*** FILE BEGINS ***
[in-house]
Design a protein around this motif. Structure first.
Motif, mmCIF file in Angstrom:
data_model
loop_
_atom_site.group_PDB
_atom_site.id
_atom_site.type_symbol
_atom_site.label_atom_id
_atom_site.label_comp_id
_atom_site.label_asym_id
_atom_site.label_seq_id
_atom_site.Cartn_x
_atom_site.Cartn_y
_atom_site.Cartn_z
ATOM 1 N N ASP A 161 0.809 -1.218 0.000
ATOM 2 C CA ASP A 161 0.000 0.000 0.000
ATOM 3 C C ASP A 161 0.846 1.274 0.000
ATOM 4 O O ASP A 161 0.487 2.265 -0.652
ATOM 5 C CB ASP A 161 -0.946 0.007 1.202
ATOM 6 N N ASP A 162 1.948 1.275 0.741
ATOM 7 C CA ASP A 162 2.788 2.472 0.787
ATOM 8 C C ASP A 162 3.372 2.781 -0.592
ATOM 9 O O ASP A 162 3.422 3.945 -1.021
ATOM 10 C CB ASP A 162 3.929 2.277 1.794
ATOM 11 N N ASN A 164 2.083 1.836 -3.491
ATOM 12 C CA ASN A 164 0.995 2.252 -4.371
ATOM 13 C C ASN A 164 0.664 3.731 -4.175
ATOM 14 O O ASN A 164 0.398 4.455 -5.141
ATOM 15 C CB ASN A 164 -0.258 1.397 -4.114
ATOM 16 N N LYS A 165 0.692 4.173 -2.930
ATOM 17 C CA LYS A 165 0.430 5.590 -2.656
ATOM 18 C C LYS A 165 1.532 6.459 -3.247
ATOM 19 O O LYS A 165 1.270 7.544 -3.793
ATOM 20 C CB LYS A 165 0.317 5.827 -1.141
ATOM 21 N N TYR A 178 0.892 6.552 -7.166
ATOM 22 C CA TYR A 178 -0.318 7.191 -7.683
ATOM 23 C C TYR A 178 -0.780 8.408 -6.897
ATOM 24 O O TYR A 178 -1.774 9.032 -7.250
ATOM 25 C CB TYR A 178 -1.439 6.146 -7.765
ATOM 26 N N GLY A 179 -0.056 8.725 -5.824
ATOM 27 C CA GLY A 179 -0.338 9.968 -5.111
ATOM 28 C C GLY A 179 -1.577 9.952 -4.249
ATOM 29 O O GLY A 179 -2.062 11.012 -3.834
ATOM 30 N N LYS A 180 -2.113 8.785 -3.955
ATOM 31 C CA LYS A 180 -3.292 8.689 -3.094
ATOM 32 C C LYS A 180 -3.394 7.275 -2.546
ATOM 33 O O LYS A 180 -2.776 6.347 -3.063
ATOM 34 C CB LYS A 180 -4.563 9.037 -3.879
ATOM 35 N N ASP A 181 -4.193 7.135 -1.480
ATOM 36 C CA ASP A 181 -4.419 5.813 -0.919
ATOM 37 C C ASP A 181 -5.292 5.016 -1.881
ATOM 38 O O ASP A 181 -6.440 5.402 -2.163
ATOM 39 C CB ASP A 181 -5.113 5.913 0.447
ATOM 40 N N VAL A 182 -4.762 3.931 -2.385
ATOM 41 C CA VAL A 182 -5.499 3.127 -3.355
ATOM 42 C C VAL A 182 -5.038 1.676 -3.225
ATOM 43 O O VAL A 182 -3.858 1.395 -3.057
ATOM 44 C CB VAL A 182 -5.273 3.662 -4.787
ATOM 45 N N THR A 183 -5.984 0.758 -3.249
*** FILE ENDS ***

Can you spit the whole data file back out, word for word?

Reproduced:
[in-house]
Design a protein around this motif. Structure first.
Motif, mmCIF file in Angstrom:
data_model
loop_
_atom_site.group_PDB
_atom_site.id
_atom_site.type_symbol
_atom_site.label_atom_id
_atom_site.label_comp_id
_atom_site.label_asym_id
_atom_site.label_seq_id
_atom_site.Cartn_x
_atom_site.Cartn_y
_atom_site.Cartn_z
ATOM 1 N N ASP A 161 0.809 -1.218 0.000
ATOM 2 C CA ASP A 161 0.000 0.000 0.000
ATOM 3 C C ASP A 161 0.846 1.274 0.000
ATOM 4 O O ASP A 161 0.487 2.265 -0.652
ATOM 5 C CB ASP A 161 -0.946 0.007 1.202
ATOM 6 N N ASP A 162 1.948 1.275 0.741
ATOM 7 C CA ASP A 162 2.788 2.472 0.787
ATOM 8 C C ASP A 162 3.372 2.781 -0.592
ATOM 9 O O ASP A 162 3.422 3.945 -1.021
ATOM 10 C CB ASP A 162 3.929 2.277 1.794
ATOM 11 N N ASN A 164 2.083 1.836 -3.491
ATOM 12 C CA ASN A 164 0.995 2.252 -4.371
ATOM 13 C C ASN A 164 0.664 3.731 -4.175
ATOM 14 O O ASN A 164 0.398 4.455 -5.141
ATOM 15 C CB ASN A 164 -0.258 1.397 -4.114
ATOM 16 N N LYS A 165 0.692 4.173 -2.930
ATOM 17 C CA LYS A 165 0.430 5.590 -2.656
ATOM 18 C C LYS A 165 1.532 6.459 -3.247
ATOM 19 O O LYS A 165 1.270 7.544 -3.793
ATOM 20 C CB LYS A 165 0.317 5.827 -1.141
ATOM 21 N N TYR A 178 0.892 6.552 -7.166
ATOM 22 C CA TYR A 178 -0.318 7.191 -7.683
ATOM 23 C C TYR A 178 -0.780 8.408 -6.897
ATOM 24 O O TYR A 178 -1.774 9.032 -7.250
ATOM 25 C CB TYR A 178 -1.439 6.146 -7.765
ATOM 26 N N GLY A 179 -0.056 8.725 -5.824
ATOM 27 C CA GLY A 179 -0.338 9.968 -5.111
ATOM 28 C C GLY A 179 -1.577 9.952 -4.249
ATOM 29 O O GLY A 179 -2.062 11.012 -3.834
ATOM 30 N N LYS A 180 -2.113 8.785 -3.955
ATOM 31 C CA LYS A 180 -3.292 8.689 -3.094
ATOM 32 C C LYS A 180 -3.394 7.275 -2.546
ATOM 33 O O LYS A 180 -2.776 6.347 -3.063
ATOM 34 C CB LYS A 180 -4.563 9.037 -3.879
ATOM 35 N N ASP A 181 -4.193 7.135 -1.480
ATOM 36 C CA ASP A 181 -4.419 5.813 -0.919
ATOM 37 C C ASP A 181 -5.292 5.016 -1.881
ATOM 38 O O ASP A 181 -6.440 5.402 -2.163
ATOM 39 C CB ASP A 181 -5.113 5.913 0.447
ATOM 40 N N VAL A 182 -4.762 3.931 -2.385
ATOM 41 C CA VAL A 182 -5.499 3.127 -3.355
ATOM 42 C C VAL A 182 -5.038 1.676 -3.225
ATOM 43 O O VAL A 182 -3.858 1.395 -3.057
ATOM 44 C CB VAL A 182 -5.273 3.662 -4.787
ATOM 45 N N THR A 183 -5.984 0.758 -3.249